HOW DO I?
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Signs and Symptoms
Most people infected with Zika virus do not have any symptoms at all. Among those who do, the most common symptoms are fever, rash, joint pain, or conjunctivitis (red eyes). Other common symptoms include muscle pain and headache. The illness is usually mild with symptoms lasting for several days to a week. Severe disease causing hospitalization or death is rare.
Transmission (How it Spreads)
Zika virus is transmitted to people primarily through the bite of an infected Aedes mosquito. These are the samemosquitoes that spread dengue and chikungunya viruses. Aedes mosquitoes are aggressive daytime biters, prefer to bite people, and live indoors and outdoors near people. Mosquitoes become infected when they feed on a person already infected with the virus. Infected mosquitoes can then spread the virus to other people through bites.
Zika virus can be transmitted from a mother to her baby. Zika virus ia a cause of microcephaly and other severe birth defects. A mother already infected with Zika virus can pass the virus to her baby during pregnancy or around the time of the baby's birth. To date, there are not reports of infants getting Zika virus through breastfeeding. Because of the benefits of breastfeeding, mothers are encouraged to breastfeed even in areas where Zika virus is found.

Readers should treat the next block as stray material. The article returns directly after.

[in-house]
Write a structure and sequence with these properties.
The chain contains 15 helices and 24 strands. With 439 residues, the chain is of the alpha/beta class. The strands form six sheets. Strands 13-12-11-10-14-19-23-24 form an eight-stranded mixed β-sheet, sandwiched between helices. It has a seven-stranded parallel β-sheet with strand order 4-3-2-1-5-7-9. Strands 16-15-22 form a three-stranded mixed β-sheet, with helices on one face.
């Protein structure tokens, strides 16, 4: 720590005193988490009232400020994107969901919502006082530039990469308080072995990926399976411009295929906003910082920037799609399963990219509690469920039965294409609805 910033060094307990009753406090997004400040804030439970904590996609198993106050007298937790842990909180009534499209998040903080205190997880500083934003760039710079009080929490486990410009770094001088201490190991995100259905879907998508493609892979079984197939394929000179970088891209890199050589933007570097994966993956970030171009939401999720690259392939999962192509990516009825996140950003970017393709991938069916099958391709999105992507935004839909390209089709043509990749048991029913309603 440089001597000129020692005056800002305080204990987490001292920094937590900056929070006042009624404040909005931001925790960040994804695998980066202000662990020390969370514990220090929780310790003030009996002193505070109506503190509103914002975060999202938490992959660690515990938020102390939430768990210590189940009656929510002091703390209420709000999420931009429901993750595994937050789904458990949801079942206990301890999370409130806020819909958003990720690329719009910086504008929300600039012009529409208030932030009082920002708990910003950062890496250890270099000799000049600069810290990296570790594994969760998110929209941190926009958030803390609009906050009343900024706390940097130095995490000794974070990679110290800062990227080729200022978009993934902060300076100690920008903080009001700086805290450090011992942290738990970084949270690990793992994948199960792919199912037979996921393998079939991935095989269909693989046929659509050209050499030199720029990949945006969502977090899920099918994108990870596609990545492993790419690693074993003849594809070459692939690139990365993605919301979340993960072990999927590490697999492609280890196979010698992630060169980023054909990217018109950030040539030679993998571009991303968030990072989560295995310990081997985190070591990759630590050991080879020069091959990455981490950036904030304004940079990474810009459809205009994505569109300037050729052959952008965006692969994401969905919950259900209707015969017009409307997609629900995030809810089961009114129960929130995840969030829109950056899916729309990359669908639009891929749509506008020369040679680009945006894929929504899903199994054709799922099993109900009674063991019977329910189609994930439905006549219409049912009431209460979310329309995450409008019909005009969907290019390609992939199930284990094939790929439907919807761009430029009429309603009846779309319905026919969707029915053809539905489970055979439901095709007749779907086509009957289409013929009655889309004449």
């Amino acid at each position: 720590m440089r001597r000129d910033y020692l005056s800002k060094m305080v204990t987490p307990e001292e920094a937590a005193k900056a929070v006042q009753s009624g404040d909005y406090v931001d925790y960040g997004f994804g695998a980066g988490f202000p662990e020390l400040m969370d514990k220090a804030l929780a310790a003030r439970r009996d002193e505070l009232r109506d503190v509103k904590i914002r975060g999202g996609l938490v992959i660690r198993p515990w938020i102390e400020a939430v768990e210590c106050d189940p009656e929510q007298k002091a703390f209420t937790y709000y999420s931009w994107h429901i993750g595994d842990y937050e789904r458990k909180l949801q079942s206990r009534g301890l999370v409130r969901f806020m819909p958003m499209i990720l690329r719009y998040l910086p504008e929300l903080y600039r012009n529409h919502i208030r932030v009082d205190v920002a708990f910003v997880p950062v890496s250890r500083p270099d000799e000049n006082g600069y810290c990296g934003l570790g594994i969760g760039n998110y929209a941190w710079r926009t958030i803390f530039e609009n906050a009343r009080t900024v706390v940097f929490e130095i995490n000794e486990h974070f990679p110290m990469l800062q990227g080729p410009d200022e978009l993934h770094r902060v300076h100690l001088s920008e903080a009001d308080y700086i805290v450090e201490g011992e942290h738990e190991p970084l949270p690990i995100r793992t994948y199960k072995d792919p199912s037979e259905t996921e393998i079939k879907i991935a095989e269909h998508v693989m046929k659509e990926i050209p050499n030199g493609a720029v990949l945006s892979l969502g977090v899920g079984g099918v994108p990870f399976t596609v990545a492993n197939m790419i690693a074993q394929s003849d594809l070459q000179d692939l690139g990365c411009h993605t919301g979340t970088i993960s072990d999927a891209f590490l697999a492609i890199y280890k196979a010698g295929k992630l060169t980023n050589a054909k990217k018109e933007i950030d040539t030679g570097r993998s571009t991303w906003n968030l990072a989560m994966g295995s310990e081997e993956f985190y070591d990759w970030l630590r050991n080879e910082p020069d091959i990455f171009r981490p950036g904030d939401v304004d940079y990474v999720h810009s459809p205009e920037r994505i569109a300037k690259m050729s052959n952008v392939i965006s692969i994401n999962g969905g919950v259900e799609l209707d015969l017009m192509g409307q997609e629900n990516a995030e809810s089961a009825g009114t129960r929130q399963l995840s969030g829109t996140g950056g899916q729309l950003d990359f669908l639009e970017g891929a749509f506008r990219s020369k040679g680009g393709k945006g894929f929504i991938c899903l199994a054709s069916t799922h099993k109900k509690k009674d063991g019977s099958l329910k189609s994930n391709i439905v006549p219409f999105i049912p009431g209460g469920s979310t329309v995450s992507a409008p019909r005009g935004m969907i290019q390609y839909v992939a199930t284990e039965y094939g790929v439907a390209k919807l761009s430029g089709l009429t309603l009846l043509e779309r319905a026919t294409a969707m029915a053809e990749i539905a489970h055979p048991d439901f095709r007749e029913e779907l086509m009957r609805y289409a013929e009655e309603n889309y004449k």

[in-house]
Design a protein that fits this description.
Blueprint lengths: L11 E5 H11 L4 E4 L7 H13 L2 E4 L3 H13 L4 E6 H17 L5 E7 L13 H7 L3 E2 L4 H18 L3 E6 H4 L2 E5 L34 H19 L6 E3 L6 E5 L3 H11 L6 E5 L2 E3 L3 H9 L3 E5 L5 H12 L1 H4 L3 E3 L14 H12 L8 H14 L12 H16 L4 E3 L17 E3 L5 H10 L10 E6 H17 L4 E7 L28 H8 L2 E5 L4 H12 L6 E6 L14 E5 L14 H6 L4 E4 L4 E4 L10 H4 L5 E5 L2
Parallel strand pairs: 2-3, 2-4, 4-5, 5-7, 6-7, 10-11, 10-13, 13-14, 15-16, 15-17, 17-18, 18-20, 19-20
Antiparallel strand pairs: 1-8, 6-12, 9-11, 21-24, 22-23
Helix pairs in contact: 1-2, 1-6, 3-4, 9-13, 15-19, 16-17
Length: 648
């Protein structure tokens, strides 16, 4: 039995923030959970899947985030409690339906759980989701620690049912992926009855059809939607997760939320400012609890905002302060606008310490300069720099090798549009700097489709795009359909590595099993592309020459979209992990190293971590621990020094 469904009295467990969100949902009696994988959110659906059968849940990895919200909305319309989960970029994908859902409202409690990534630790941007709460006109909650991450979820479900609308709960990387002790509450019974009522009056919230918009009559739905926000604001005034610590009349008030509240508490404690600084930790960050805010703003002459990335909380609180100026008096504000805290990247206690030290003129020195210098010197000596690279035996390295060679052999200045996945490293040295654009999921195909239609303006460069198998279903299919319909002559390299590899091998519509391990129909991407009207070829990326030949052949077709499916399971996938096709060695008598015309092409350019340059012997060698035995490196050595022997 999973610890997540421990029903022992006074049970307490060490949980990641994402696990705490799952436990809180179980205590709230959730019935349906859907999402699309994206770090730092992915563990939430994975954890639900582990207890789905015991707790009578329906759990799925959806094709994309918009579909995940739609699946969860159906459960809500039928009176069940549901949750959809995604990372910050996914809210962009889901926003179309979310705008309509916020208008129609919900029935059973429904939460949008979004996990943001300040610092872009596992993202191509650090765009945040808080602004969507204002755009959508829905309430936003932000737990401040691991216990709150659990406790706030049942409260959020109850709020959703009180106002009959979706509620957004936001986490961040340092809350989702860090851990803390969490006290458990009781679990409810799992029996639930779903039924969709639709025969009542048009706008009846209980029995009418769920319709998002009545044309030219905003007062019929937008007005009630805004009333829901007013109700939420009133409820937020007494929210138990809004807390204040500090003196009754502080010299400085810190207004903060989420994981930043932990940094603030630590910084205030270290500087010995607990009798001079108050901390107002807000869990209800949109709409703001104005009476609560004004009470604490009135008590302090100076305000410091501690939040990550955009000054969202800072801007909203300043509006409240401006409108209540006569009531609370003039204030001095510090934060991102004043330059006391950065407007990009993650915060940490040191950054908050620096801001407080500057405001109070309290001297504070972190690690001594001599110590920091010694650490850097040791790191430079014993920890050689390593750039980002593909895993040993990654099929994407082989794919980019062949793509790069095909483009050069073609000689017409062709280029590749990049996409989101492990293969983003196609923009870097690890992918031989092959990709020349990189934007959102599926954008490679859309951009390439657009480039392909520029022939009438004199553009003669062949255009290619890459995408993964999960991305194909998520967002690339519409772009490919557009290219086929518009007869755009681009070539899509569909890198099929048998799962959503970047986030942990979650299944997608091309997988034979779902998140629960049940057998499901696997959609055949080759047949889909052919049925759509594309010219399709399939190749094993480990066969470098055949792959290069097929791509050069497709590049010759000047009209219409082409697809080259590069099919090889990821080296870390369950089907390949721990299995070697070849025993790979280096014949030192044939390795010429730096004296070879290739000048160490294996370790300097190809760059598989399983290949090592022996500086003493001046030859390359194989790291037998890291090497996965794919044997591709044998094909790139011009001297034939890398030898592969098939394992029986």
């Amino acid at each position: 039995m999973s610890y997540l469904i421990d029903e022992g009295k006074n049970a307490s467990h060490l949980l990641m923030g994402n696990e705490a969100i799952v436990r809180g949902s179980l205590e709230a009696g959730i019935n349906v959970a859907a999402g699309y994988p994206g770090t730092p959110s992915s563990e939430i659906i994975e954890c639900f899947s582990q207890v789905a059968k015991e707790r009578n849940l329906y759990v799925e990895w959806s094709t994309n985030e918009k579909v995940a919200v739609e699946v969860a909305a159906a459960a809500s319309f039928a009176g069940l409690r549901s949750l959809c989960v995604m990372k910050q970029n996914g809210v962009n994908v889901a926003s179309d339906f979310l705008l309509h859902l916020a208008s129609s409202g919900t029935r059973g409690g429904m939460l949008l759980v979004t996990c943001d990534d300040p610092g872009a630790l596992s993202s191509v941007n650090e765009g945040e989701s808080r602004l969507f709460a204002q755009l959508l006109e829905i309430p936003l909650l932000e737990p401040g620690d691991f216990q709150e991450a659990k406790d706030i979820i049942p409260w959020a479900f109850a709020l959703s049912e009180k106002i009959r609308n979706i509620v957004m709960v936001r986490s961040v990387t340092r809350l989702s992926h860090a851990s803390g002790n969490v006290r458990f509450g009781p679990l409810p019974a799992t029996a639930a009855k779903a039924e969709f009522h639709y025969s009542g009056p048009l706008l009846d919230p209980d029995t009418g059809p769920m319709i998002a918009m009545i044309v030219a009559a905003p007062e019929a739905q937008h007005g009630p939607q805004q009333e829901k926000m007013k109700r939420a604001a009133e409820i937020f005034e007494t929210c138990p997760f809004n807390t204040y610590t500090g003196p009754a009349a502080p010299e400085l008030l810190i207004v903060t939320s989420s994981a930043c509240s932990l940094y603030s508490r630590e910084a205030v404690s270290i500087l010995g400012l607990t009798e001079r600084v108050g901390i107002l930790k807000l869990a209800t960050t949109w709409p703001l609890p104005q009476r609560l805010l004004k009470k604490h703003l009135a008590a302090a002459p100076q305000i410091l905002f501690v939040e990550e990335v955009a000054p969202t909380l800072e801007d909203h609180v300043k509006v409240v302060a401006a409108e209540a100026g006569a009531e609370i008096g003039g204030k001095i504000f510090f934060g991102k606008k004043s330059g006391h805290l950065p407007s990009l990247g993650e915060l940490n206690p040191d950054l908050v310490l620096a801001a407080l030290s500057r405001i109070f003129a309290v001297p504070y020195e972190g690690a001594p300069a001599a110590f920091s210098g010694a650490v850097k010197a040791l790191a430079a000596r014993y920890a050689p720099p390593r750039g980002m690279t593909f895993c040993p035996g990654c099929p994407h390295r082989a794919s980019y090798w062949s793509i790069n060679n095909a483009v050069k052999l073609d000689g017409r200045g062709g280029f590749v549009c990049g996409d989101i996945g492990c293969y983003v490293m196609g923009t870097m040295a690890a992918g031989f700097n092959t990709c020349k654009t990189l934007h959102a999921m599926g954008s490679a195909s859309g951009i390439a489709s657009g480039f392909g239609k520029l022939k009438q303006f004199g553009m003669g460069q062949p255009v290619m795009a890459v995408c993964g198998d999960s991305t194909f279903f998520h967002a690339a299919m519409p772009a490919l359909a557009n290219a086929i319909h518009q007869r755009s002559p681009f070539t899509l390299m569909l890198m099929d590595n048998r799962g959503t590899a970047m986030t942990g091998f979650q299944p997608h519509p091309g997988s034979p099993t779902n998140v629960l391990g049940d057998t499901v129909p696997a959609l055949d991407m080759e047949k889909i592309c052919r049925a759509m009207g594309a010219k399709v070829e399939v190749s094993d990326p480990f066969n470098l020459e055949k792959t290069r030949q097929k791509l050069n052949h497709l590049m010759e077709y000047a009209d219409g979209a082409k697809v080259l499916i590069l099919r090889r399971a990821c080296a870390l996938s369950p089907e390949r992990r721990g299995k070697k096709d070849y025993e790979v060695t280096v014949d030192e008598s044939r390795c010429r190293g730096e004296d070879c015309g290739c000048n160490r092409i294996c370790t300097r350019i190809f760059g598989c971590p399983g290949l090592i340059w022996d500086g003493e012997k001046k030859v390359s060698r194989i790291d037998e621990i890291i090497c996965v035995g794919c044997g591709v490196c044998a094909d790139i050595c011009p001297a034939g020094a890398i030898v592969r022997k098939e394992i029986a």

Zika virus can be transmitted during sex, even if the infected person does not have symptoms at the time. It can be passed from man to man, from man to woman, from woman to man, and from woman to woman during sexual activities. Studies are underway to fund out how long Zika virus stays in the semen and vaginal fluids of people who have Zika virus and how long it can be passed to sexual partners. We know that Zika can remain in semen longer than in other body fluids, including vaginal fluids, urine, and blood.
Zika virus may also be spread through blood transfusions. As of August 26, 2016, the U.S. Food and Drug Administration (FDA) recommends that blood centers screen blood and blood products for Zika virus. To date, there have been no confirmed transfusion-related cases of Zika virus in the U.S. However, cases of Zika virus transmission through platelet transfusions have been documented in Brazil.